Modest in scale and with a short Kyrie designed for alternatim performance with chant, this Missa Sine nomine
nonetheless shares much of the melodic, rhythmic and contrapuntal idiom of Frye’s authenticated Masses, such as Summe trinitati
, that are conceived on a grander scale. A similarly alternatim Kyrie ascribed to Frye, and based, as discovered by Brian Trowell, on the same composer’s song So ys emprentid
, survives in a fragmentary state in the Lucca Choirbook. Stylistically related in its general rhythmic and melodic profile to Frye’s other ascribed Masses as well as to the anonymous cycle, the surviving discantus of the Lucca Kyrie bears a more direct relation to the Kyrie of the Brussels anonymous Mass: the corresponding section openings of the two pieces are strikingly similar, while the two Christe II settings trace substantially the same melodic contour throughout. Further strong melodic relationships link the Lucca Kyrie to other parts of the Brussels anonymous Mass, as can be seen for example by comparing Kyrie I of Lucca with Agnus Dei I of Brussels. Finally, the Brussels anonymous Mass has a direct stylistic counterpart, as Gareth Curtis and Rob Wegman had earlier noted, in another authenticated work by Frye: his setting of the Prose for St Nicholas, Sospitati dedit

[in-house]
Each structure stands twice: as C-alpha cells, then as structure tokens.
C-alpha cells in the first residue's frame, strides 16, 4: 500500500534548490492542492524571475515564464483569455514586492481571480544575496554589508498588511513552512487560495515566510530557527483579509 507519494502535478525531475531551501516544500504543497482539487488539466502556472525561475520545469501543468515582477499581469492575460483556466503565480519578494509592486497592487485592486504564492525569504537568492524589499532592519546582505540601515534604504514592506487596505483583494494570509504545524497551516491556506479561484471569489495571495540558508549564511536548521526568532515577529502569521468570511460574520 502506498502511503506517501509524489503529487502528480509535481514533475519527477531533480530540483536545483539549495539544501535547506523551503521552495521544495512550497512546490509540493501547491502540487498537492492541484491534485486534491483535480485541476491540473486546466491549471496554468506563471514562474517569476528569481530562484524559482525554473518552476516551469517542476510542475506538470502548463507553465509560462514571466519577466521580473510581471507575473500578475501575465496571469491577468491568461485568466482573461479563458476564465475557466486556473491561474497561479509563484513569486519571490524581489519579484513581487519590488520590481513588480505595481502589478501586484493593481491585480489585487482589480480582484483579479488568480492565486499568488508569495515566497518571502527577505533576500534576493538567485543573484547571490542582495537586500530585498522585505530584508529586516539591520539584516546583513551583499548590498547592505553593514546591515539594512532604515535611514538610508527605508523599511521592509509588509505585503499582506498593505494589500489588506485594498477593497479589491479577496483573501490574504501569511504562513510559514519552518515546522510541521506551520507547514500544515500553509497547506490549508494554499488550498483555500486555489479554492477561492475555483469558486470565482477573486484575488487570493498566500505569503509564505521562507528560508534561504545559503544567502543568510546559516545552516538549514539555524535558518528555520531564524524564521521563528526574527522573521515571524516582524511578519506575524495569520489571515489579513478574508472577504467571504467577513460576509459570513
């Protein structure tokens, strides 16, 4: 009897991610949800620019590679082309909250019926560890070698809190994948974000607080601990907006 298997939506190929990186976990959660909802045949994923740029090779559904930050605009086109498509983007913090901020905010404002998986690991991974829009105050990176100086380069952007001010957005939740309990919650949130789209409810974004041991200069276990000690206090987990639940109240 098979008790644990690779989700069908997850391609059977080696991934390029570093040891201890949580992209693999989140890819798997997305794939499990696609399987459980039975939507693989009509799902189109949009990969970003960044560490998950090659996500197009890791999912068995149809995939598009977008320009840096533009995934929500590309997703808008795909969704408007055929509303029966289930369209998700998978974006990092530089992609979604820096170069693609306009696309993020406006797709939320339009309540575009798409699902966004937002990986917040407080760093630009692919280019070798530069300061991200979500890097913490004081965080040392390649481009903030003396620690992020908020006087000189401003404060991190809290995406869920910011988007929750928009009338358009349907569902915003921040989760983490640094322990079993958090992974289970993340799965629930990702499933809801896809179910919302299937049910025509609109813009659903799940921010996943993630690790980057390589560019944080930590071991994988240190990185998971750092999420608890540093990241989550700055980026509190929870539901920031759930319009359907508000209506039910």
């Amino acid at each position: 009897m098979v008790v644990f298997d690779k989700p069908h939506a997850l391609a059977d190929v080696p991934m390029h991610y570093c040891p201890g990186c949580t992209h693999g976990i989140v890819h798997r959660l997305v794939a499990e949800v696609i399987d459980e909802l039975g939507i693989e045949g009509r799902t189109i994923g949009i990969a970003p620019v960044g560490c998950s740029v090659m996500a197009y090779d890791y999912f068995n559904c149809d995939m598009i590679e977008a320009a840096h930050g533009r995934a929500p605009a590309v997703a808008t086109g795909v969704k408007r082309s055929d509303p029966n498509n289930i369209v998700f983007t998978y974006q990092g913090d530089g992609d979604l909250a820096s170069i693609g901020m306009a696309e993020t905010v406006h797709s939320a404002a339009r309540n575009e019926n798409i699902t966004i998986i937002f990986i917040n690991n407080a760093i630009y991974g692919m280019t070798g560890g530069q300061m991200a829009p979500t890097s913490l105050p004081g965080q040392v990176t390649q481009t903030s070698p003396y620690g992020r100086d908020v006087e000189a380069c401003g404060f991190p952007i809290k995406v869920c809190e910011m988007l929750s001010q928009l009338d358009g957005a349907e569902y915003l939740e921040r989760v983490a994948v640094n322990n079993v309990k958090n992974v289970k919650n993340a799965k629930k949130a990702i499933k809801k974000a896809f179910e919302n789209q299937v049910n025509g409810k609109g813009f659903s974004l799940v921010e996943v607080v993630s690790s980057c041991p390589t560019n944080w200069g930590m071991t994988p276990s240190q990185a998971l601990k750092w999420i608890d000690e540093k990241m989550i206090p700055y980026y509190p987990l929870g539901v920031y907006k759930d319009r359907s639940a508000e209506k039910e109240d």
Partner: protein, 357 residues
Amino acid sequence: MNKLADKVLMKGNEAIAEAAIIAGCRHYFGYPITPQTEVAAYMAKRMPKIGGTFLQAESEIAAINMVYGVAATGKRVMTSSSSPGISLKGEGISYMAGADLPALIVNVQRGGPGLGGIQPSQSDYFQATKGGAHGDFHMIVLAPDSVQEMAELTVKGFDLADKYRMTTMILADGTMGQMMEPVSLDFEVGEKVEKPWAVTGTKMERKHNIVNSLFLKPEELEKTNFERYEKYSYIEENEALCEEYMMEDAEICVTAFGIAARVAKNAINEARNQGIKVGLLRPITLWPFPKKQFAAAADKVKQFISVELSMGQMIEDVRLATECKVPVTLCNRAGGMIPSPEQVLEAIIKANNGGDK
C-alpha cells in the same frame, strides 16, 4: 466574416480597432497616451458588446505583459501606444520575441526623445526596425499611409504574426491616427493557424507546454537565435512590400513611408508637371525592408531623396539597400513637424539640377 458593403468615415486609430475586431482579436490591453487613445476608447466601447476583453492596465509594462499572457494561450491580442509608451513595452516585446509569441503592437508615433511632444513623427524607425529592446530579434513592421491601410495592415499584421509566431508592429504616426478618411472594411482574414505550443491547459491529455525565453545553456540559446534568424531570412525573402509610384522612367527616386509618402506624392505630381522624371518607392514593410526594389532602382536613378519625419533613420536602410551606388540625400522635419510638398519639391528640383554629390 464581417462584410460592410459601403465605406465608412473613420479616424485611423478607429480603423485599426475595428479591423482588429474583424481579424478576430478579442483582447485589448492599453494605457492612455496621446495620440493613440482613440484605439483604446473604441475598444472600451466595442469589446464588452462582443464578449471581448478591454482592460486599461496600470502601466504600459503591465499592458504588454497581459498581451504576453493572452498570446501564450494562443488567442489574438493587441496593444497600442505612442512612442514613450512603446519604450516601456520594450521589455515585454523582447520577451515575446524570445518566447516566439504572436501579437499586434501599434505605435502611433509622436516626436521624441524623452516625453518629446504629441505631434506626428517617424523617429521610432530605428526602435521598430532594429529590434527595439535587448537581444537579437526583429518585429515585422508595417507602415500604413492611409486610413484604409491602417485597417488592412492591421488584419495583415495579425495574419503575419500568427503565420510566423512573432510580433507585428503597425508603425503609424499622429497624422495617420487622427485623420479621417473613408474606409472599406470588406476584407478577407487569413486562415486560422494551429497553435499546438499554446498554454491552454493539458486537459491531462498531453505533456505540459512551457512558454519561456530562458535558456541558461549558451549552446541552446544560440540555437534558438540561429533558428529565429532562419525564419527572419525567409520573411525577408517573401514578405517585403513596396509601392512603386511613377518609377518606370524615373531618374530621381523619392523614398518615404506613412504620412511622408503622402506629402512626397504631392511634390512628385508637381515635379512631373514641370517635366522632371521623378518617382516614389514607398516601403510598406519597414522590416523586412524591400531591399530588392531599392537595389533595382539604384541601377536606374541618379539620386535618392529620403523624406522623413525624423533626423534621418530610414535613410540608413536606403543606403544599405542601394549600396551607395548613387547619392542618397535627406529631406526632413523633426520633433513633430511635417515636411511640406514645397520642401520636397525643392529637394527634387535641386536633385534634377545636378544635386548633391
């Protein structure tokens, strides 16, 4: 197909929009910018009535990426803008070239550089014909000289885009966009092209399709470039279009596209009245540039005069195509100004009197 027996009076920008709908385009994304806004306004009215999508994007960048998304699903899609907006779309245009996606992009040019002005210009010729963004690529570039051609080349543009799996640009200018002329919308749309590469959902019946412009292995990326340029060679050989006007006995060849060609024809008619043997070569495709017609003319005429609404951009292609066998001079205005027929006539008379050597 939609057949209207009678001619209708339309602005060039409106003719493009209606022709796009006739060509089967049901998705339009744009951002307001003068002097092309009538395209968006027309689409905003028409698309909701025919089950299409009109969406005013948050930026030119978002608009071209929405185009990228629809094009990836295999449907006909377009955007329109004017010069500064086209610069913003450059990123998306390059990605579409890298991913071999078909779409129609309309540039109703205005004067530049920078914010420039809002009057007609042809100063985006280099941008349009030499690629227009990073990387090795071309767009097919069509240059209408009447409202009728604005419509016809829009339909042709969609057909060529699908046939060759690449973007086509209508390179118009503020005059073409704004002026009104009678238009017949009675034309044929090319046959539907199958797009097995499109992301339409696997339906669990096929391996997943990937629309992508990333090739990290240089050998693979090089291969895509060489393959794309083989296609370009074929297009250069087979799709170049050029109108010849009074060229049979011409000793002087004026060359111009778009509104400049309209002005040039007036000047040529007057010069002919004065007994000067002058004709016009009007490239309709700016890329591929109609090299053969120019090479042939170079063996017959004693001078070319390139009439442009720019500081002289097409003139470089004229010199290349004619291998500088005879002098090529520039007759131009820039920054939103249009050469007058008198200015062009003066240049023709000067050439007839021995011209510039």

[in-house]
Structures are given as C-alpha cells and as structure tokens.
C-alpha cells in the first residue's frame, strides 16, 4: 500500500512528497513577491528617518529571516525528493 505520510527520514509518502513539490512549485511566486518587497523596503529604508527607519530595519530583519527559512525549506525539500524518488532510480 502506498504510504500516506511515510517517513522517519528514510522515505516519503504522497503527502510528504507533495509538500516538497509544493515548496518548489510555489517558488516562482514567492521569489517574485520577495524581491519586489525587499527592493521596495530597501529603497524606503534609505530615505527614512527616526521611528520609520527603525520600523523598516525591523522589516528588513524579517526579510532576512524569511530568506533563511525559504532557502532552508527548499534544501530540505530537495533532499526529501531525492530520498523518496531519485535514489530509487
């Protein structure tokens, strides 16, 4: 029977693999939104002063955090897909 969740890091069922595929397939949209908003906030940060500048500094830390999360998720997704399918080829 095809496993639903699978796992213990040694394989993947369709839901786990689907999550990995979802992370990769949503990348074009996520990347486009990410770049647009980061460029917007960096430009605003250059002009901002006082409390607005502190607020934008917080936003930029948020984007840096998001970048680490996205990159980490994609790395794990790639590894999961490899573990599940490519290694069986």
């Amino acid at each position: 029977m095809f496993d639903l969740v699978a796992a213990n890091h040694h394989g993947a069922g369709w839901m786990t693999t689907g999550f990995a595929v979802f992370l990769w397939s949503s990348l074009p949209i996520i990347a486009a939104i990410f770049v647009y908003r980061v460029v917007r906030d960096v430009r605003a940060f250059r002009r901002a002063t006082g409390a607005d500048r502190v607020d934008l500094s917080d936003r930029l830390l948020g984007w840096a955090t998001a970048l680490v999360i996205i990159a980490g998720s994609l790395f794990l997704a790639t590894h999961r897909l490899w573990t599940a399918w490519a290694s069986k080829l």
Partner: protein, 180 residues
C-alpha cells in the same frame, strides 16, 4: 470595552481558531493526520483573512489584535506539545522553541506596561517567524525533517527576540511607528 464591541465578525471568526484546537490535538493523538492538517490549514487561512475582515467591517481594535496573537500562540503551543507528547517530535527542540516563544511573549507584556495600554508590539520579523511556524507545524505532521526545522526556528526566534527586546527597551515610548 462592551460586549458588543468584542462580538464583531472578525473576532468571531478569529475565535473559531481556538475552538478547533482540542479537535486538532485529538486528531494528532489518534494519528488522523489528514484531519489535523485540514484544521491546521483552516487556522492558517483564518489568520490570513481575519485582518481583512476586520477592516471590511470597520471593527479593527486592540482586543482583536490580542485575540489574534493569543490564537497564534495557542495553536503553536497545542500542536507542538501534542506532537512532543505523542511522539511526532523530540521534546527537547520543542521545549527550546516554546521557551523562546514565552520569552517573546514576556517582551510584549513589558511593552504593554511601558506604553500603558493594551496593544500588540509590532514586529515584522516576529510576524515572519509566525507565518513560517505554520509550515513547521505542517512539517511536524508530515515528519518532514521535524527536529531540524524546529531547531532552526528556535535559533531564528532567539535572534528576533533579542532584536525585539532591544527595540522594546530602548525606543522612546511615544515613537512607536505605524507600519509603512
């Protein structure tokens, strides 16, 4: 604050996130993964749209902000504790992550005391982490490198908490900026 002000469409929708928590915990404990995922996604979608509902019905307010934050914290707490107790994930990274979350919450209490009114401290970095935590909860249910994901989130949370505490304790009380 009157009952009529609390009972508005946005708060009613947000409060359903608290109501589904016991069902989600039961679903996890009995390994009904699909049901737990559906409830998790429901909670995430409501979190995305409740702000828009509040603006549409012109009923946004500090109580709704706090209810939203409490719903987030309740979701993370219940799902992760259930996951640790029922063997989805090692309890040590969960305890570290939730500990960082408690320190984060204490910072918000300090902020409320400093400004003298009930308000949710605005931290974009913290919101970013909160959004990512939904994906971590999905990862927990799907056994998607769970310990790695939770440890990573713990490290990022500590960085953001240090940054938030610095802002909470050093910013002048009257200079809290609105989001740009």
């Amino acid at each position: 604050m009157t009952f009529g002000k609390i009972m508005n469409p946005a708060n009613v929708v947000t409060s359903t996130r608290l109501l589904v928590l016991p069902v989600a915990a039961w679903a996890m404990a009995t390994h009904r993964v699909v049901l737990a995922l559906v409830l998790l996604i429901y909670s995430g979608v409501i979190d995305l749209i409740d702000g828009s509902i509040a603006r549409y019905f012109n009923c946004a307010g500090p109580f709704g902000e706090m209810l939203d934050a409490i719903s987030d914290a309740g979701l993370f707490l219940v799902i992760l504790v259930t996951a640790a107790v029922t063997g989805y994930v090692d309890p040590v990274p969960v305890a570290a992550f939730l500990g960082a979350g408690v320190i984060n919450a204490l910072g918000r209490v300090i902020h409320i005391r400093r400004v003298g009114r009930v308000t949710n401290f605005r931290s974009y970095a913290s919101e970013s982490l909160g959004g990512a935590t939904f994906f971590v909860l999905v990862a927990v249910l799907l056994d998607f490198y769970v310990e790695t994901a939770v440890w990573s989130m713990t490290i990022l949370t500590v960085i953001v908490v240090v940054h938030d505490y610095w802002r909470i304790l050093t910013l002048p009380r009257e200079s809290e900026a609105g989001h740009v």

. Mass and Prose setting share the characteristic features of English discant: a simple, rhythmically-integrated style and voice parts in almost entirely distinct ranges, with the tenor as the lowest voice. In fact Sospitati dedit
recalls the Brussels Mass from its very beginning: its opening motif, though admittedly echoed in many pieces from this period, is almost exactly the same as the figure which begins each movement of the Mass.
The concision and economy of the Missa Sine nomine, with its lucid texture and brisk text setting, create an arresting impression from bar 1. Careful listening, though, entices the ear increasingly into a brittle sound world in which brief and highly sculpted melodic ideas are passed from one voice to another in what strikes us as something akin to chamber music. Propelled forward by a high density of musical events, the Mass nonetheless articulates a wide range of moods with the most economic use of material. Compare, for example, the conclusion of the Credo, its sense of acceleration and excitement generated by brief rests, syncopation and rhythmic disparity between the parts, with the serenity and expansiveness, which, at the opening of the following Sanctus, is shaped from the basic ingredients of melodic repetitiveness and rhythmic simplicity.
from notes by Andrew Kirkman © 2000